The Outer Banks, located about 30 miles off the coast of San Diego, is another prime location for marlin fishing. The area is known for its deep waters and strong currents, which make it a perfect habitat for marlin. Blue marlin, black marlin, and striped marlin can be caught here, with the best time to fish being from May to October.
San Clemente Island, located about 60 miles off the coast of San Diego, is another prime location for marlin fishing. The island is known for its deep waters and strong currents, which make it a perfect habitat for marlin. Blue marlin, black marlin, and striped marlin can be caught here, with the best time to fish being from May to October.
The Coronado Islands, located about 15 miles off the coast of San Diego, is another popular spot for marlin fishing. The islands are known for their deep waters and strong currents, which make them a perfect habitat for marlin. Blue marlin, black marlin, and striped marlin can be caught here, with the best time to fish being from May to October.
Mexican waters, located just south of the border, is another popular spot for marlin fishing. Blue marlin, black marlin, and striped marlin can be caught here, with the best time to fish being from May to October.
The best time to fish for marlin in these areas is from May to October. It is important to note that fishing regulations and seasons may vary depending on the specific location, so it is important to check with local authorities before heading out on your fishing trip.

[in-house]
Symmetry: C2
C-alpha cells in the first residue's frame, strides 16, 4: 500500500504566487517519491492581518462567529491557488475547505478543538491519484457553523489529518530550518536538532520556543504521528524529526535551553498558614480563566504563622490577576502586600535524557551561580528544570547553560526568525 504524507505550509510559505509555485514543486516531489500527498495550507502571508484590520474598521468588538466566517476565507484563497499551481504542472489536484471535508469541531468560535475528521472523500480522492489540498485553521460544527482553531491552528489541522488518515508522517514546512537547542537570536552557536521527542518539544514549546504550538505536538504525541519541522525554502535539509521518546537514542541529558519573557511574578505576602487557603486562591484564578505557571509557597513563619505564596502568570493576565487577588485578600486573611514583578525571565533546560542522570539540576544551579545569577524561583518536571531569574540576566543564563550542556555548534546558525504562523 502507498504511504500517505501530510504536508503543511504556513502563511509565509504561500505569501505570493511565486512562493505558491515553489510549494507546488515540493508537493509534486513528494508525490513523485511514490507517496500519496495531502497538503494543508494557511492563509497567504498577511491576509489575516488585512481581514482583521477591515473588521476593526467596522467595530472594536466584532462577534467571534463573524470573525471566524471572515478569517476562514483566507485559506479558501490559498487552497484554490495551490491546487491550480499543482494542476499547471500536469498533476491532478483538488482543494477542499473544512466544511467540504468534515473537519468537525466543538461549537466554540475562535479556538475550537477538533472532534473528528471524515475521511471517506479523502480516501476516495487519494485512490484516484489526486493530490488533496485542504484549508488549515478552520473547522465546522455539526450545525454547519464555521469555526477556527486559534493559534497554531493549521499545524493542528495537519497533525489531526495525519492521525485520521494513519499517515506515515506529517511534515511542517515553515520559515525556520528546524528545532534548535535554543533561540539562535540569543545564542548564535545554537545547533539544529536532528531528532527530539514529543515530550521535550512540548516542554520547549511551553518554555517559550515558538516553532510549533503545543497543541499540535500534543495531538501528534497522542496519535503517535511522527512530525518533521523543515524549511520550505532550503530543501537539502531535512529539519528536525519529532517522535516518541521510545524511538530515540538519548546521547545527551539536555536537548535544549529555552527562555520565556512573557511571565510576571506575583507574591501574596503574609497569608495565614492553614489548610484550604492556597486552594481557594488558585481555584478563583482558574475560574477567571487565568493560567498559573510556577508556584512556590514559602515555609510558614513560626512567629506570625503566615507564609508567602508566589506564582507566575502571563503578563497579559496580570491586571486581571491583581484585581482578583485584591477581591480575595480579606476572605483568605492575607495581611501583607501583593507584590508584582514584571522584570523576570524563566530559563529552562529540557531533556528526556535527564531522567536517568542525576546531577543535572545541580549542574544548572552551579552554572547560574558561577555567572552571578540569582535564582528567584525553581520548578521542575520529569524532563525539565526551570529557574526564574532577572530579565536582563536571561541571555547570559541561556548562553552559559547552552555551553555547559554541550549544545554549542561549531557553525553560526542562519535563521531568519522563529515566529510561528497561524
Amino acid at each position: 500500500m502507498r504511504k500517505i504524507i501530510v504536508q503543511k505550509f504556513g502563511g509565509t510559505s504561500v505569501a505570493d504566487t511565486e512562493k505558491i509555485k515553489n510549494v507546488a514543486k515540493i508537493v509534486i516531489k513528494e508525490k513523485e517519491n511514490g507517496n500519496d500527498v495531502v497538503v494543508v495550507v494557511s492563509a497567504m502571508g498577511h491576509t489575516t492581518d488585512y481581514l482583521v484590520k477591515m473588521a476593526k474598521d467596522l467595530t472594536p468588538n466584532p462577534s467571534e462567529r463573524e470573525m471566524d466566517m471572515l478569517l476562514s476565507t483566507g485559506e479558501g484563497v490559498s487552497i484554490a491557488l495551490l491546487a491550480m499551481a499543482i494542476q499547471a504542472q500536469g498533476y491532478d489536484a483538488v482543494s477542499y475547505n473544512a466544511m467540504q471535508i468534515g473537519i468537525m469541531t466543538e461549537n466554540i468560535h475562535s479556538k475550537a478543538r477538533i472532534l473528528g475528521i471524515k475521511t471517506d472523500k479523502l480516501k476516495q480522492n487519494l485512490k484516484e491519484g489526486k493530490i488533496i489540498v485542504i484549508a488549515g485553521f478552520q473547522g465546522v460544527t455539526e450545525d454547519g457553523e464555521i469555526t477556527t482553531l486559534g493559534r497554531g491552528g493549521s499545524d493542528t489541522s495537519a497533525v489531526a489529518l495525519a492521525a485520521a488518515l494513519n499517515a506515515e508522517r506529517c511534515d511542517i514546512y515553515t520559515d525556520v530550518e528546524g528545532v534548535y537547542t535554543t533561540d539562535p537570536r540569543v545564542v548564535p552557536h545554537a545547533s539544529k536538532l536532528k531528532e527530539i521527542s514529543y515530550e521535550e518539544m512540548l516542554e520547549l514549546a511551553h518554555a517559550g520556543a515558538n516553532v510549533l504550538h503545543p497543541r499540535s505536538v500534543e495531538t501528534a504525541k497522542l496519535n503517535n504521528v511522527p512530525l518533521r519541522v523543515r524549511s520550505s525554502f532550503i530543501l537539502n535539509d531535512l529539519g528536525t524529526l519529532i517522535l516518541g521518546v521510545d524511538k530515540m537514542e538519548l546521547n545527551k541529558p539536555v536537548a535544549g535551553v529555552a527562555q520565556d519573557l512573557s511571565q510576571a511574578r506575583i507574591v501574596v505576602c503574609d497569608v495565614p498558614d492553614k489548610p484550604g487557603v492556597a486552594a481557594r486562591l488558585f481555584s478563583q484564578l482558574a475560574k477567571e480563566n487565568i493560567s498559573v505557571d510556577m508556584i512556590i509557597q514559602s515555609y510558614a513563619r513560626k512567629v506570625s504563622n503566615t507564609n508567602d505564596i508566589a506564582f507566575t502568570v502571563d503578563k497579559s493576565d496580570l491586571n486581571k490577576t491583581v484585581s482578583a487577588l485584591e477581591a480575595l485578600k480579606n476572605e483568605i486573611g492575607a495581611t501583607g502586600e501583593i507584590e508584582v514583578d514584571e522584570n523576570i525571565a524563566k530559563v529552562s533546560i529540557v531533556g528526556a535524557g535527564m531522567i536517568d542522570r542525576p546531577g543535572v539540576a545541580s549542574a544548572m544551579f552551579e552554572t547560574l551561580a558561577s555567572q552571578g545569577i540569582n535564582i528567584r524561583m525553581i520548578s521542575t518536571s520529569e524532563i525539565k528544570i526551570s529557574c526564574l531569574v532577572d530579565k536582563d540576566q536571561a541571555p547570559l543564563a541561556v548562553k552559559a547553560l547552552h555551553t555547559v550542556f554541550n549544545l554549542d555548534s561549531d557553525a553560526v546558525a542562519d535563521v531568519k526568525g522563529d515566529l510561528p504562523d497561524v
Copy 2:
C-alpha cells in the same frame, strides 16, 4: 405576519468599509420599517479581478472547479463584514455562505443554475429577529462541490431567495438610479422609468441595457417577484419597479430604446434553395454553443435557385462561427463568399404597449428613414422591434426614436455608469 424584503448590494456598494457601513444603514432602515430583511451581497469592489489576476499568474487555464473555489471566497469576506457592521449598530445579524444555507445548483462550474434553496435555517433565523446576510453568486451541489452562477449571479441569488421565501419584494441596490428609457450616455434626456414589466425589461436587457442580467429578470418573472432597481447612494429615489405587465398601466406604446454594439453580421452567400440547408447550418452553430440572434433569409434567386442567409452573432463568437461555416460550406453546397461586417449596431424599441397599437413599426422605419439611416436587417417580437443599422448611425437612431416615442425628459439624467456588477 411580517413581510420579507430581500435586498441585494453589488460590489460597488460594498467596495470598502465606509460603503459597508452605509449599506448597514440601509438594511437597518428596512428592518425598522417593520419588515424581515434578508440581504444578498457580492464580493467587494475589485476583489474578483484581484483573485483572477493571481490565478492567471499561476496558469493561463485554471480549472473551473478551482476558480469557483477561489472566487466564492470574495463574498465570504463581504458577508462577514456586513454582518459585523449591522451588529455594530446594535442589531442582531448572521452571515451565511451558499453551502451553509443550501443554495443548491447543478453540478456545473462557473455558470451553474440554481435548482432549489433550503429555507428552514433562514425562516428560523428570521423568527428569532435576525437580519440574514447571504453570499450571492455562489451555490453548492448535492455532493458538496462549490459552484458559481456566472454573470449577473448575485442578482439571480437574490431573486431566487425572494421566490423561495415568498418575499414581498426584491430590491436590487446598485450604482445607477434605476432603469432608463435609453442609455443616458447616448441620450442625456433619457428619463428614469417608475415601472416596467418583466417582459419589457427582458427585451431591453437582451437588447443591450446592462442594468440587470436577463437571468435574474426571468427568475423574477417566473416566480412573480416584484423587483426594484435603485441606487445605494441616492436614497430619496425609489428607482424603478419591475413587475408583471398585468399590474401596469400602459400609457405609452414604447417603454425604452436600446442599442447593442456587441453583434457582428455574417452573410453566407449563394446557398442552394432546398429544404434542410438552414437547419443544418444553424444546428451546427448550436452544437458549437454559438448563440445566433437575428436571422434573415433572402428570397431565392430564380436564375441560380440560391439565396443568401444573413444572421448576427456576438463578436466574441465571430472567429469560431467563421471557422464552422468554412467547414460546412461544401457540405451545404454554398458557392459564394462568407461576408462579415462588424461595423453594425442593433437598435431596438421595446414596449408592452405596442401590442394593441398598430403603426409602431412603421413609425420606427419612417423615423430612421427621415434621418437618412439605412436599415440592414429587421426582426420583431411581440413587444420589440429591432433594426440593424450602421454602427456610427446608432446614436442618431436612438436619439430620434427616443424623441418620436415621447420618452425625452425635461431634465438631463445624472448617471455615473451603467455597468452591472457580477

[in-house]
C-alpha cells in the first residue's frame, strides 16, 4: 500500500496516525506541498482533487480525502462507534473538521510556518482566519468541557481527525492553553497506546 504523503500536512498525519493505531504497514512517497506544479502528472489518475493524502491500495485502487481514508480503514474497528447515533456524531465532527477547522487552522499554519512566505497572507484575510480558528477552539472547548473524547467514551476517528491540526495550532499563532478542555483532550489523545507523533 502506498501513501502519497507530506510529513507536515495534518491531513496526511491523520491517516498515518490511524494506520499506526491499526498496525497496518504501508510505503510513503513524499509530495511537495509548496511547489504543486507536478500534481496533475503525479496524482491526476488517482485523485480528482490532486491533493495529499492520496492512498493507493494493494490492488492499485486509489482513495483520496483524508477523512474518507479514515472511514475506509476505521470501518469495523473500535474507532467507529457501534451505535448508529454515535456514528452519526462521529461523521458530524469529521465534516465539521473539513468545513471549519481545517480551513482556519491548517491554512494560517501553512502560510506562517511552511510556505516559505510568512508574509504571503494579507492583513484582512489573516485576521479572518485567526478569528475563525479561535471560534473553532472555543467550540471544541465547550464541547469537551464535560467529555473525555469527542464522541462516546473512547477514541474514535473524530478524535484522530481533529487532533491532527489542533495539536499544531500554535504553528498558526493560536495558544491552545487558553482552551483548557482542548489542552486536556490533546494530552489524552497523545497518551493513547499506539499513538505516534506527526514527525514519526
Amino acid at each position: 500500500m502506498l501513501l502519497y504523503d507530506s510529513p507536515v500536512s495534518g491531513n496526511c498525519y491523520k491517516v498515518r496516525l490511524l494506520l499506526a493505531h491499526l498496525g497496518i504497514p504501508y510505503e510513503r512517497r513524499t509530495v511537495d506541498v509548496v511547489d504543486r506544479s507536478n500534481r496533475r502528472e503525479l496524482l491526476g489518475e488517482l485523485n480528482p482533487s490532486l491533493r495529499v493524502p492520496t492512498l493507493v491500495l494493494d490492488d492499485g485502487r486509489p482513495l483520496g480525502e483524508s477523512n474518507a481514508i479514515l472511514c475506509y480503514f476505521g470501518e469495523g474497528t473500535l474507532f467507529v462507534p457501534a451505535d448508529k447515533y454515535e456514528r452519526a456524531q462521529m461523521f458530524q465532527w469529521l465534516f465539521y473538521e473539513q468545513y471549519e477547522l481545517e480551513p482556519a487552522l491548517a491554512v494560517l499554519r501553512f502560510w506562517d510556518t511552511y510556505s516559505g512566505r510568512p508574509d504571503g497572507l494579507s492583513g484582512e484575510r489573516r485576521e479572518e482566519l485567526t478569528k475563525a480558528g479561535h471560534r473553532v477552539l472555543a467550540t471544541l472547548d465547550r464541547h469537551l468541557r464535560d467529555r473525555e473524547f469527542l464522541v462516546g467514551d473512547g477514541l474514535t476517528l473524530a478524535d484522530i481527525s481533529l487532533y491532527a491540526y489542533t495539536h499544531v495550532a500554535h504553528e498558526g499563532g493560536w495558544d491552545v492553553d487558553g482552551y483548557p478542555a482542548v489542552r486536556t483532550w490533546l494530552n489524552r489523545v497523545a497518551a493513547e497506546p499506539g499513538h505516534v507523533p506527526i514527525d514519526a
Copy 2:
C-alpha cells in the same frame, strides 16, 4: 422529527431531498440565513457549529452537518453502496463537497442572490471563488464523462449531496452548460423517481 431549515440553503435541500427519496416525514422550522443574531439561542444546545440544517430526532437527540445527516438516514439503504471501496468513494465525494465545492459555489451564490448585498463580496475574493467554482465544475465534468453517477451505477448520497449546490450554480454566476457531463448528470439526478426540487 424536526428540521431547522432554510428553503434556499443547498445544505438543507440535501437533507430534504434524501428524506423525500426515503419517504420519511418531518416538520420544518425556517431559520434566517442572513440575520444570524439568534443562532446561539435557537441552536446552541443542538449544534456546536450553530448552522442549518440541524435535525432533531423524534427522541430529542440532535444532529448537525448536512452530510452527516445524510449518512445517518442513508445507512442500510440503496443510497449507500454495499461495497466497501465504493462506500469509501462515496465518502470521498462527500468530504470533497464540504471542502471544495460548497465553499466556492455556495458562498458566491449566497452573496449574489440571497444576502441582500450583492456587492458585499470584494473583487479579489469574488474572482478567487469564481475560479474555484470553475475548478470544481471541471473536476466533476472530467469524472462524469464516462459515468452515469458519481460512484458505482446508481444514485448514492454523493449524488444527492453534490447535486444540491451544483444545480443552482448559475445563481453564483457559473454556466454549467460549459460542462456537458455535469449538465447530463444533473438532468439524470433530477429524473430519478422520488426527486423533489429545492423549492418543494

It is also important to note that Marlin is a game fish and is protected in many areas, it is important to know the regulations and have the proper licenses before going out to fish for Marlin. Ask you captain for more information on this.
The most common species of marlin caught in the San Diego area are blue marlin and striped marlin.
The best time to go marlin fishing in San Diego is typically between June and September.
The most popular fishing spots for marlin in the San Diego area are the Coronado Islands, the 9-Mile Bank, and the San Diego Trough.
The average size of a blue marlin caught in San Diego is around 100-200 pounds.
Striped marlin are typically smaller, averaging around 50-100 pounds.
Live bait, such as mackerel or sardines, is often used to catch marlin in San Diego.
Trolling is the most common method used to catch marlin in San Diego.
We have several six pack and four pack vessels available that specialize in this species, just ask us.
The International Game Fish Association (IGFA) maintains a record of the largest marlin caught in the San Diego area.
The current all-tackle world record for blue marlin is 1402 lb (636 kg) caught in Cabo Blanco, Peru in 1953.
The current all-tackle world record for striped marlin is 181 lb (82 kg) caught in San Carlos, Mexico in 1948.
Marlin are highly migratory species and move to different locations throughout the year.
Marlin are considered as a gamefish and have strict regulations to protect the species from overfishing.
Marlin are apex predators and play a crucial role in maintaining balance in the ocean ecosystem.
Sport fishing for marlin is a popular activity in San Diego and attracts anglers from all over the world.